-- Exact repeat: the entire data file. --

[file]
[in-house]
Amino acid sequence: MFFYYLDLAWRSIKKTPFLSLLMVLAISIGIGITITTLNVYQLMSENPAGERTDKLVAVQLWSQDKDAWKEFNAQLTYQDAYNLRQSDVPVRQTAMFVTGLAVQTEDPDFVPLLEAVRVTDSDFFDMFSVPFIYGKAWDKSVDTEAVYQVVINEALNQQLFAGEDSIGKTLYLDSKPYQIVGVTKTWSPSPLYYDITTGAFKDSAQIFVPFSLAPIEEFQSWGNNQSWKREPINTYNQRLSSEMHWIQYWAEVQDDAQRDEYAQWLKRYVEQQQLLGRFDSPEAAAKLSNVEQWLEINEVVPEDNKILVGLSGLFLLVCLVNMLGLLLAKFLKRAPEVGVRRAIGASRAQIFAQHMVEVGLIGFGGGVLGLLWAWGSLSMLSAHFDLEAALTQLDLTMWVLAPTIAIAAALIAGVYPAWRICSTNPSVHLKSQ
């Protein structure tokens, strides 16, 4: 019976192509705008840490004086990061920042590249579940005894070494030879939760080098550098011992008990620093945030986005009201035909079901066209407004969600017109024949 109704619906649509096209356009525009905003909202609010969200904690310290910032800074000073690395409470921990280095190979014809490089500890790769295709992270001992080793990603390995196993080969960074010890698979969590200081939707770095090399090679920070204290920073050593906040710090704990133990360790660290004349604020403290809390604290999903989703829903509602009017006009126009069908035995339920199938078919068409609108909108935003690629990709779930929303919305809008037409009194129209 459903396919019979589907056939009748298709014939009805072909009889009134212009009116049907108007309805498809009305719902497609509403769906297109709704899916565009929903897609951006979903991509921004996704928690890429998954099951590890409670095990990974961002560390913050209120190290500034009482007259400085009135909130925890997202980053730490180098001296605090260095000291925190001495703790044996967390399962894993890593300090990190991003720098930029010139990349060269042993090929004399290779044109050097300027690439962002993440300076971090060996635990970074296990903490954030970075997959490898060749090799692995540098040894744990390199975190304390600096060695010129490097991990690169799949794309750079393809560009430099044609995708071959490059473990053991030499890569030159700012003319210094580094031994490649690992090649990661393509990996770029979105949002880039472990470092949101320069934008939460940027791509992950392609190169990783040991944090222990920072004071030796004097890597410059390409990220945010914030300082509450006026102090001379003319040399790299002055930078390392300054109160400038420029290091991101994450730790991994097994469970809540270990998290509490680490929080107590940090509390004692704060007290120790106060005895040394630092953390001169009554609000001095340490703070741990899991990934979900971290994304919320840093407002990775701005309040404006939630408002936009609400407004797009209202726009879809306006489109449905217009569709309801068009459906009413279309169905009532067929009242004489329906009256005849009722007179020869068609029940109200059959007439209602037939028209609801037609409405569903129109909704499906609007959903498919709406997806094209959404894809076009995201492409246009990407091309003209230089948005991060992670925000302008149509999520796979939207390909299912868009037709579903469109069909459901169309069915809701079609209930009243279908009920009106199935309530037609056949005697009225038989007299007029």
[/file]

[in-house]
Amino acid sequence: MFFYYLDLAWRSIKKTPFLSLLMVLAISIGIGITITTLNVYQLMSENPAGERTDKLVAVQLWSQDKDAWKEFNAQLTYQDAYNLRQSDVPVRQTAMFVTGLAVQTEDPDFVPLLEAVRVTDSDFFDMFSVPFIYGKAWDKSVDTEAVYQVVINEALNQQLFAGEDSIGKTLYLDSKPYQIVGVTKTWSPSPLYYDITTGAFKDSAQIFVPFSLAPIEEFQSWGNNQSWKREPINTYNQRLSSEMHWIQYWAEVQDDAQRDEYAQWLKRYVEQQQLLGRFDSPEAAAKLSNVEQWLEINEVVPEDNKILVGLSGLFLLVCLVNMLGLLLAKFLKRAPEVGVRRAIGASRAQIFAQHMVEVGLIGFGGGVLGLLWAWGSLSMLSAHFDLEAALTQLDLTMWVLAPTIAIAAALIAGVYPAWRICSTNPSVHLKSQ
């Protein structure tokens, strides 16, 4: 019976192509705008840490004086990061920042590249579940005894070494030879939760080098550098011992008990620093945030986005009201035909079901066209407004969600017109024949 109704619906649509096209356009525009905003909202609010969200904690310290910032800074000073690395409470921990280095190979014809490089500890790769295709992270001992080793990603390995196993080969960074010890698979969590200081939707770095090399090679920070204290920073050593906040710090704990133990360790660290004349604020403290809390604290999903989703829903509602009017006009126009069908035995339920199938078919068409609108909108935003690629990709779930929303919305809008037409009194129209 459903396919019979589907056939009748298709014939009805072909009889009134212009009116049907108007309805498809009305719902497609509403769906297109709704899916565009929903897609951006979903991509921004996704928690890429998954099951590890409670095990990974961002560390913050209120190290500034009482007259400085009135909130925890997202980053730490180098001296605090260095000291925190001495703790044996967390399962894993890593300090990190991003720098930029010139990349060269042993090929004399290779044109050097300027690439962002993440300076971090060996635990970074296990903490954030970075997959490898060749090799692995540098040894744990390199975190304390600096060695010129490097991990690169799949794309750079393809560009430099044609995708071959490059473990053991030499890569030159700012003319210094580094031994490649690992090649990661393509990996770029979105949002880039472990470092949101320069934008939460940027791509992950392609190169990783040991944090222990920072004071030796004097890597410059390409990220945010914030300082509450006026102090001379003319040399790299002055930078390392300054109160400038420029290091991101994450730790991994097994469970809540270990998290509490680490929080107590940090509390004692704060007290120790106060005895040394630092953390001169009554609000001095340490703070741990899991990934979900971290994304919320840093407002990775701005309040404006939630408002936009609400407004797009209202726009879809306006489109449905217009569709309801068009459906009413279309169905009532067929009242004489329906009256005849009722007179020869068609029940109200059959007439209602037939028209609801037609409405569903129109909704499906609007959903498919709406997806094209959404894809076009995201492409246009990407091309003209230089948005991060992670925000302008149509999520796979939207390909299912868009037709579903469109069909459901169309069915809701079609209930009243279908009920009106199935309530037609056949005697009225038989007299007029």